Ketchum Bigfoot DNA Study to be Published
The peer review process of the Bigfoot DNA study lead by Dr. Melba Ketchum has been completed. A statement was made by Dr Ketchum confirming that it had passed the peer review process and will be published by the DeNovo Scientific Journal. Here is the statement made by Dr. Ketchum from here facebook page ” It is not how it seems. There will be a statement in the morning explaining why it is the first paper. I had NOTHING to do with the peer review and it was blind (I was not told who they were) as it is supposed to be and we did pass. The reviewers were geneticists with next gen whole genome experience. That was all I was told by the editor.”
Here is the synopsis:
THREE BIGFOOT GENOMES SEQUENCED IN 5-YEAR DNA STUDY
New Research Paper Published Friday Shows Homo Sapiens/Unknown Hominin Hybrid Species Extant in North America
DALLAS, February 10th
A team of scientists will publish their five-year long study of DNA samples from a novel hominin species, commonly known as “Bigfoot” or “Sasquatch,” on Friday February 15th, 2013. The results suggest that the legendary Sasquatch is extant in North America and is a human relative that arose approximately 13,000 years ago as a hybrid cross of modern Homo sapiens with an novel primate species.
The study, “Novel North American Hominins, Next Generation Sequencing of Three Whole Genomes and Associated Studies,” was conducted by a team of experts in genetics, forensics, imaging and pathology. The team, led by Dr. Melba Ketchum of DNA Diagnostics in Nacogdoches, TX, included Dr. Pat Wojtkiecicz, Director of the North Louisiana Criminalistics Laboratory; Ms. Aliece Watts of Integrated Forensic Laboratories in Euless, TX; Mr. David Spence, Trace Evidence Supervisor at Southwestern Institute of Forensic Sciences; Dr. Andreas K. Holzenburg, Director of the Microscopy & Imaging Center at Texas A&M University; Dr. Douglas G. Toler of Huguley Pathology Consultants in Fort Worth, TX; Dr. Thomas M. Prychitko of Wayne State University in Michigan; Dr. Fan Zhang of the University of North Texas Health Science Center; and Sarah Bollinger, Ray Shoulders, and Ryan Smith of DNA Diagnostics.
In total, 110 specimens of purported Sasquatch hair, blood, skin, and other tissue types were analyzed for the study. Samples were submitted by individuals and groups at 34 different hominin research sites in 14 U.S. states and two Canadian provinces. Ketchum’s team sequenced 20 whole and 10 partial mitochondrial genomes, as well as 3 whole nuclear genomes, from the samples.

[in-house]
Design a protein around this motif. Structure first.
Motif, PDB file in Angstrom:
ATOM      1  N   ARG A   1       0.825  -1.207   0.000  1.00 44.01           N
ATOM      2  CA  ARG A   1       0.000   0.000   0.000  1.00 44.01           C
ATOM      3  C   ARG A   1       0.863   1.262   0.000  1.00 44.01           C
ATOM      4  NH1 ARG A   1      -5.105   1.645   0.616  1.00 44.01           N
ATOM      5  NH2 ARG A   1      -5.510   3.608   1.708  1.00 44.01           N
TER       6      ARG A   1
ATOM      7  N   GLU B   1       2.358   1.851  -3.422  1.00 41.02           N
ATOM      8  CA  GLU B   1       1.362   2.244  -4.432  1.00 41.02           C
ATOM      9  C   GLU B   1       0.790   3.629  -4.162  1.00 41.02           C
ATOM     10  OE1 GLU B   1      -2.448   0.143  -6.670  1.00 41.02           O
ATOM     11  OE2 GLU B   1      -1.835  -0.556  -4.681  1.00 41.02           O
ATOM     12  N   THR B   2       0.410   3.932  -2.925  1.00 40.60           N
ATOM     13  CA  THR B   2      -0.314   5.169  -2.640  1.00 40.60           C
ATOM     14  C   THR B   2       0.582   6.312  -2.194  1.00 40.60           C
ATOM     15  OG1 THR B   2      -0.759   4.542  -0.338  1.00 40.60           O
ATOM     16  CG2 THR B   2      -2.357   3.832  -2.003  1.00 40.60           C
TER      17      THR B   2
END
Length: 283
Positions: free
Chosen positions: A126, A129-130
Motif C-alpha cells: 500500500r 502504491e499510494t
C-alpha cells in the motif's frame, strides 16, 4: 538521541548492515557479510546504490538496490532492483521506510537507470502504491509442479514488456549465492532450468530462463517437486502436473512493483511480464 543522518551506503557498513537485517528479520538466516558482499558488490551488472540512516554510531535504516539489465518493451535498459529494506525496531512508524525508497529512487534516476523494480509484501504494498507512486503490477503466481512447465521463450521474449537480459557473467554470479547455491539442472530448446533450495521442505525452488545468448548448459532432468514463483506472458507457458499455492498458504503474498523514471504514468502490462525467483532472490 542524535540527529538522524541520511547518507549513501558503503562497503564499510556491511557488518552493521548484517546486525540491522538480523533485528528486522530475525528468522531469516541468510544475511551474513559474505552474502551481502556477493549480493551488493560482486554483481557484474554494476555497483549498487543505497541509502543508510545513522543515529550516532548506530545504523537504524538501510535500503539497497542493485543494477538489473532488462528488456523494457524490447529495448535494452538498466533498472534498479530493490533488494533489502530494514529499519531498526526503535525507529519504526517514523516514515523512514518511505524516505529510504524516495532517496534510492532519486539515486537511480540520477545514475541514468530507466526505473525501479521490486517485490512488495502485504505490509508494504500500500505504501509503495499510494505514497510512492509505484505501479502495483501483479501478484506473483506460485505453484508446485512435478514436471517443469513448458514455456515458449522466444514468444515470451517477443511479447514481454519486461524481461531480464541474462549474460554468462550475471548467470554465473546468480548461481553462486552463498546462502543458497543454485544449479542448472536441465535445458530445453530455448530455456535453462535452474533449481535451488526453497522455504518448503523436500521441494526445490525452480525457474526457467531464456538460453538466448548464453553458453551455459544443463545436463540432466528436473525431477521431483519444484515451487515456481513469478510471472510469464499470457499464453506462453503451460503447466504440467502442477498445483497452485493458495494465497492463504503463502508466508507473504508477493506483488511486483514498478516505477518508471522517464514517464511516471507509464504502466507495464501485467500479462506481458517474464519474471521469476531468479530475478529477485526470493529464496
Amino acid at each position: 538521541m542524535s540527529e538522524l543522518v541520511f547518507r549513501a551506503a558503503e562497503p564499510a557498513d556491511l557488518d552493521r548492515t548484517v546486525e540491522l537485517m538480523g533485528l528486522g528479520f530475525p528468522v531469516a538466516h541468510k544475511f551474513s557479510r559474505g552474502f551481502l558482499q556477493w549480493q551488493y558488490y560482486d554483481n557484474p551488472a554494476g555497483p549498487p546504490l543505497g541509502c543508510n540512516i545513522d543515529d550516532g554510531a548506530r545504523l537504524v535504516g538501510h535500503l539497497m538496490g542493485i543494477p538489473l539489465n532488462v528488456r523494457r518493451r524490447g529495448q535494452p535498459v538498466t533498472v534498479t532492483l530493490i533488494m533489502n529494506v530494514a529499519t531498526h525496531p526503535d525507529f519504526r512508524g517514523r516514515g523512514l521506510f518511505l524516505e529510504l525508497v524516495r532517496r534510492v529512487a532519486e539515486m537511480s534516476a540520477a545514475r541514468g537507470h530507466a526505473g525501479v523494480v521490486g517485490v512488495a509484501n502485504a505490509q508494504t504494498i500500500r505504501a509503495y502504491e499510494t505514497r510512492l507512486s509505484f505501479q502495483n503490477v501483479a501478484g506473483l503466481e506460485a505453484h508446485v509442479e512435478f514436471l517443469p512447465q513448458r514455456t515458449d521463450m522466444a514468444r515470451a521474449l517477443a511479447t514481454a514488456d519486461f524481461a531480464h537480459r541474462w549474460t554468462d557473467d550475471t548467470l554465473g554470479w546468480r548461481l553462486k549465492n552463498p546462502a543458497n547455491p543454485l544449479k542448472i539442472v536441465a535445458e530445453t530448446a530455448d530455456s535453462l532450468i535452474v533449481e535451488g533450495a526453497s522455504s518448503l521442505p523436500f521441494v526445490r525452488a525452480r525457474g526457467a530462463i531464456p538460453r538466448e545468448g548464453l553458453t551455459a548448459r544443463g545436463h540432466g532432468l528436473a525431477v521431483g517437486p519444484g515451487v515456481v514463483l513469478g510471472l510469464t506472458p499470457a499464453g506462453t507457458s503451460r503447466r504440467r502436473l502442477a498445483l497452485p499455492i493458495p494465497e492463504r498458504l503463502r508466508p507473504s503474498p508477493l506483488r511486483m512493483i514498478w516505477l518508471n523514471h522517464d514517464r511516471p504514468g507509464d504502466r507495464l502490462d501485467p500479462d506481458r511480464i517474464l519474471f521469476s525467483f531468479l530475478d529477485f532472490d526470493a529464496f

Mitochondrial DNA (mtDNA) comes from mitochondria, energy-producing organelles in the cellular cytoplasm, and is passed down on the maternal lineage across generations. Nuclear DNA (nuDNA) is the genetic information contained in the cell nucleus and is the equal combination of DNA from the parents of an individual.
Initially a skeptic, Ketchum implemented strict protocols to ensure the scientific integrity of the study. DNA samples from submitters and scientists working with study specimens were obtained for use as controls. DNA was extracted from samples using forensic procedures to prevent contamination. Forensics experts examined the morphology of the submitted hair samples against known human and animal samples before beginning DNA testing. “We soon discovered that certain hair samples–which we would later identify as purported Sasquatch samples–had unique morphology distinguishing them from typical human and animal samples,” says Ketchum. “Those hair samples that could not be identified as known animal or human were subsequently screened using DNA testing, beginning with sequencing of mitochondrial DNA followed by sequencing nuclear DNA to determine where these individuals fit in the ‘tree of life.’”
After extensive forensic controls to prevent contamination, mtDNA testing of the Sasquatch samples yielded fully modern human profiles. Sixteen haplotypes indicating 100% homology with modern human mtDNA sequences were observed from 20 completed whole and 10 partial mitochondrial genomes. The human mtDNA results are consistent with prior, unrelated mtDNA tests of purported Sasquatch samples from other laboratories.
Next-generation whole genome sequencing with the HiSeq 2000 platform by Illumina was performed at the University of Texas, Southwestern on one tissue sample, a saliva sample and one blood sample to produce 3 whole genomes. In contrast to the mtDNA which was unambiguously modern human, the Sasquatch nuDNA results were a mosaic of novel primate and human sequence.
“While the three Sasquatch nuclear genomes aligned well with one another and showed significant homology to human chromosome 11 which is highly conserved in primates, the Sasquatch genomes were novel and fell well outside of known ancient hominin as well as ape sequences,” explains Ketchum. “Because some of the mtDNA haplogroups found in our Sasquatch samples originated as late as 13,000 years ago, we are hypothesizing that the Sasquatch are human hybrids, the result of males of an unknown hominin species crossing with female Homo sapiens.”
Hominins are members of the taxonomic grouping Hominini, which includes all members of the genus Homo.
“Novel North American Hominins, Next Generation Sequencing of Three Whole Genomes and Associated Studies.”
Authors: Ketchum MS, Wojtkiewicz PW, Watts AB, Spence DW, Holzenburg AK, Toler DG, Prychitko TM, Zhang F, Bollinger S, Shoulders R, Smith R
Journal of Advanced Multidisciplinary Exploration in Zoology. 11 January 2013.
Specimens yielding DNA were obtained, purportedly from elusive hominins in North America
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